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Update 30 Sep 2019:

Head and Neck Cancers Information Session:
Bringing WCMICS’ clinicians and people affected by head and neck cancer together

Head and neck cancer is generally a range of cancers which include the mouth, tongue, palate, jaw, salivary glands, tonsils, throat, voice box, nose and sinuses. Approximately 4,400 people in Australia are diagnosed with a head and neck cancer each year.

On Friday 26 July, Western and Central Melbourne Integrated Cancer Service (WCMICS) organised a head and neck cancers event, titled ‘Quality of Life’. Radiation oncologist Dr Tsien Fua from the Peter MacCallum Cancer Centre (Peter Mac) spoke on the eve of World Head and Neck Cancer Day about the importance of raising awareness each year. He also eloquently described major quality of life aspects such as hair that doesn’t grow back, changes in speech, dry mouth, lack of taste for favourite foods, changes in relationships with loved ones and fear of cancer recurrence. Two consumers, Ben and Chris, each shared their lived experiences of life before cancer, diagnosis, treatment, survivorship and supports. They spoke about the support available to them during their journey, including from family members and multidisciplinary teams, and from organisations such as CanTeen and Camp Quality for Ben’s children.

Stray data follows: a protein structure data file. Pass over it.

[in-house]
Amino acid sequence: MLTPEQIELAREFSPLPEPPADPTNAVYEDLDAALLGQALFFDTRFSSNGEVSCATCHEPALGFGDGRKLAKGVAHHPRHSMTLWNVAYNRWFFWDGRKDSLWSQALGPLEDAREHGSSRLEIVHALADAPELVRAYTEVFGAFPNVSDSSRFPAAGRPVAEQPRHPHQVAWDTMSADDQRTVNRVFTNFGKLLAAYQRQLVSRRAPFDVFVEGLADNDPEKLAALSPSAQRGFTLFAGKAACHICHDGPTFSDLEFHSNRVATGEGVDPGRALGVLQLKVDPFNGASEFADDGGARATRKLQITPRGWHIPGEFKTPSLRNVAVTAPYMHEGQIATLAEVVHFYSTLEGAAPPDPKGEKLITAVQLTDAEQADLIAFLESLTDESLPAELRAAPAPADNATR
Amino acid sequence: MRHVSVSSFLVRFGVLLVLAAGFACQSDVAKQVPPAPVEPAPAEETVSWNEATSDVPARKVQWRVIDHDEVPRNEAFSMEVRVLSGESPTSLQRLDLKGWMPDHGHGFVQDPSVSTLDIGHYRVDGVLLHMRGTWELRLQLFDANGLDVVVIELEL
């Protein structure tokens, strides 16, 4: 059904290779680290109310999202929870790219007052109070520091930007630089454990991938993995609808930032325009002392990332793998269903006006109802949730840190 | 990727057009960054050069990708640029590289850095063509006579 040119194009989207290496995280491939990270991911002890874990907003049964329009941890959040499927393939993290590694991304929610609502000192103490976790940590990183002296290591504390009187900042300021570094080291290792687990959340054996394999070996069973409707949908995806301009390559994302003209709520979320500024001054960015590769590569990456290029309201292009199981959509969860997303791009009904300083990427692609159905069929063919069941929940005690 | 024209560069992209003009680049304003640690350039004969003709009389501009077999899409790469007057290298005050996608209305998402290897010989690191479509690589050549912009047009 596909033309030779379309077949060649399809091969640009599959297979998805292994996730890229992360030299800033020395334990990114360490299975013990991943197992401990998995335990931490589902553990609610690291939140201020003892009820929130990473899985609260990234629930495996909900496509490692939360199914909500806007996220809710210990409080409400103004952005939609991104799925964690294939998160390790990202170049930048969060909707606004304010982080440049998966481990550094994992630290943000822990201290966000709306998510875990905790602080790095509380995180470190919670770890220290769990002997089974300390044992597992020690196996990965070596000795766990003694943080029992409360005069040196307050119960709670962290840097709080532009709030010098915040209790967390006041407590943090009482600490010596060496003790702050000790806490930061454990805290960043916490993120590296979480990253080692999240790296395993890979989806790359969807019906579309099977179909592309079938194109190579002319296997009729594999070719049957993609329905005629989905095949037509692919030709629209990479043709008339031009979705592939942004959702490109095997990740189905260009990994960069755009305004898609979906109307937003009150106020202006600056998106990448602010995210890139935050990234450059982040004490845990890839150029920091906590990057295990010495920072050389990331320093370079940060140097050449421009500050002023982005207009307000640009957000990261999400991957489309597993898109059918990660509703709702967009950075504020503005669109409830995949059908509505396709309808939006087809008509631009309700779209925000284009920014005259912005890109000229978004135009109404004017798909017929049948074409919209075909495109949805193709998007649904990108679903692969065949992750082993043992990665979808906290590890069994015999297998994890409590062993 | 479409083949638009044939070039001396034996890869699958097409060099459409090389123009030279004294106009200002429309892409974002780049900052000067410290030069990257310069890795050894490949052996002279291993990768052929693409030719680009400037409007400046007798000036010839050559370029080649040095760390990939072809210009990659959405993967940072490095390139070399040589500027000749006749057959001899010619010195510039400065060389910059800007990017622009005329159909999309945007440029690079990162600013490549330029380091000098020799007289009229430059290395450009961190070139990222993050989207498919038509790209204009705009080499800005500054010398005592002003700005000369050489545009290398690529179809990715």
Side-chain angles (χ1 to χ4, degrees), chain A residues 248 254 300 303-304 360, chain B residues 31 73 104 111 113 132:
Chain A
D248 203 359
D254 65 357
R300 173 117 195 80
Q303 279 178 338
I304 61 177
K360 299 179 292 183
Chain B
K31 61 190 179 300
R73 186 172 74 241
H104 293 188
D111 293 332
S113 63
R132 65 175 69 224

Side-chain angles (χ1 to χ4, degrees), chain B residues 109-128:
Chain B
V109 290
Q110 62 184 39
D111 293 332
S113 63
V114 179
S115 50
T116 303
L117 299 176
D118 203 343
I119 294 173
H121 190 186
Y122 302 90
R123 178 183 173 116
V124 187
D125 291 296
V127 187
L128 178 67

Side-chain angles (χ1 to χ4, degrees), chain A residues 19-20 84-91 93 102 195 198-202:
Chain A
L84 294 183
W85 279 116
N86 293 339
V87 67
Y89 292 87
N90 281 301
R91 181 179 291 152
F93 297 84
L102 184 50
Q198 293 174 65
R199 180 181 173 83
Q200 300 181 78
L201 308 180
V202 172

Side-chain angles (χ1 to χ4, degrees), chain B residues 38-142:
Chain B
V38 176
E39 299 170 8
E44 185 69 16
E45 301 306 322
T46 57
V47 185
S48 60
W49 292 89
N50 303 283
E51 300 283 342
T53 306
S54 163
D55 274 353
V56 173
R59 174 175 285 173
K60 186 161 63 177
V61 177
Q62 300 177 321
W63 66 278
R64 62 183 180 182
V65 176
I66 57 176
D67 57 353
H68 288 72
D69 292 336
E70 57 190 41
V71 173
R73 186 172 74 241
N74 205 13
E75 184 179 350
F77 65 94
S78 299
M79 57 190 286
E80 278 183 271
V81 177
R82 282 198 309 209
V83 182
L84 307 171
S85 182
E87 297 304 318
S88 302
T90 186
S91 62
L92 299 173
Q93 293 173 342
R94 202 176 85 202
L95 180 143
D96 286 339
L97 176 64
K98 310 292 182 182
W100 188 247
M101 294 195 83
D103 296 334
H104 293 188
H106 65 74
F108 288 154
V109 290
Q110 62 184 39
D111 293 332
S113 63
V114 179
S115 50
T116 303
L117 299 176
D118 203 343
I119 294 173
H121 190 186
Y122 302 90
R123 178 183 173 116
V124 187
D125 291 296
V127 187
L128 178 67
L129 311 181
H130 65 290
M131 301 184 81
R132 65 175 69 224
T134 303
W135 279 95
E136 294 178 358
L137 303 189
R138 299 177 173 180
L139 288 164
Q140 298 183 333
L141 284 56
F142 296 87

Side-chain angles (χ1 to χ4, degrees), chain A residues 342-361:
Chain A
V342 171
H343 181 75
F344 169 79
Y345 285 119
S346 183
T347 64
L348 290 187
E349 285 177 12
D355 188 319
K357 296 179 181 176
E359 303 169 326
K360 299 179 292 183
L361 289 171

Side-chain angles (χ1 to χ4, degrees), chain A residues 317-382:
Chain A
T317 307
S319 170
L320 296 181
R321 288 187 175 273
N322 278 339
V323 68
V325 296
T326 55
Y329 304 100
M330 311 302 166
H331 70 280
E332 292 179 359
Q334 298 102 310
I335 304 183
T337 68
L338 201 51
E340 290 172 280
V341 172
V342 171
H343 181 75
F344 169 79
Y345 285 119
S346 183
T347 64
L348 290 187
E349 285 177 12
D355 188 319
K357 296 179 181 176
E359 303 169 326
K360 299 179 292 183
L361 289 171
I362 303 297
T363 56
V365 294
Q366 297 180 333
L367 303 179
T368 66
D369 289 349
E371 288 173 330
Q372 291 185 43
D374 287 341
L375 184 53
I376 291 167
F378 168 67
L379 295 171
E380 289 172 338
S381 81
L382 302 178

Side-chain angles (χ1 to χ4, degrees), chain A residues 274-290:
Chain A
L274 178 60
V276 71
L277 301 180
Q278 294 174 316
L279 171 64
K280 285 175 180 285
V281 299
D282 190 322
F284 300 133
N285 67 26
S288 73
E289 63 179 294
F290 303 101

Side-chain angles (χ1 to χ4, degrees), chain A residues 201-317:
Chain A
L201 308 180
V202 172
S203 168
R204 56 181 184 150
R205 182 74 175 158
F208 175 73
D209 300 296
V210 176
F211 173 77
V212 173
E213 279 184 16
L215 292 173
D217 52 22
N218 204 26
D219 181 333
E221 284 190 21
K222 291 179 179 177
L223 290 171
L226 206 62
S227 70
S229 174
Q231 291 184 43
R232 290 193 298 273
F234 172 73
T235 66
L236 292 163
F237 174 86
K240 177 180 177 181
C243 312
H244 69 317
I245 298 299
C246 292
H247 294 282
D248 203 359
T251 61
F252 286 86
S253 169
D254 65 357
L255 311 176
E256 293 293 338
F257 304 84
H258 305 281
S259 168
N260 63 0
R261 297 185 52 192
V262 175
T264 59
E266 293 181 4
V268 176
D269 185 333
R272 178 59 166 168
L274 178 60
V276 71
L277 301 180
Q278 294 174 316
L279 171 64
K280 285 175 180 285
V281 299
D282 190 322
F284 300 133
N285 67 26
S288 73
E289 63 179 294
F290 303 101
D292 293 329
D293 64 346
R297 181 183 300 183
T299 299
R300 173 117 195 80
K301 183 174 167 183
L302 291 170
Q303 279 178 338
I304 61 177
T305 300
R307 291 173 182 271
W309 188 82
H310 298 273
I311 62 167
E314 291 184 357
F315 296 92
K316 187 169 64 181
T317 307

A morning tea at the intermission provided the chance for attendees to share their stories and experiences, and many were surprised to hear of the similarities in symptoms, treatment or side effects. Our healthcare professionals spent their valuable time speaking with head and neck cancer patients, carers and family members who they had met previously in either a hospital and/or clinic setting.

The second part of the session was a question and answer panel with Dr Tsien Fua, Wendy Poon (head and neck nurse consultant at Peter Mac), Lisa Tran (dietitian at Melbourne Health), Dr Felix Sim (oral and maxillofacial surgeon) and our consumers, Ben and Chris. This enabled robust discussion around topics such as maintaining weight during treatment, the importance of listening to the patient's perspective and difficulties finding evidence-based information without 'Dr Google'. To conclude the event, Chelsey from Cancer Council Victoria highlighted the benefits of support groups. She also outlined the Cancer Connect program, online and telephone groups, and the 13 11 20 information and support phone line.

We were pleased with a fantastic attendance of 44 people affected by head and neck cancers. This included a gentleman, ‘Tony’, eight-weeks' post-treatment and reliant on a nasogastric feeding tube, and a lady, ‘Barbara’, communicating with a laryngectomy. Our initial feedback via survey indicates that the event was well structured and organised—'Exceeded my expectations,' and a special mention of, 'Thanks for recognising the need for these forums'.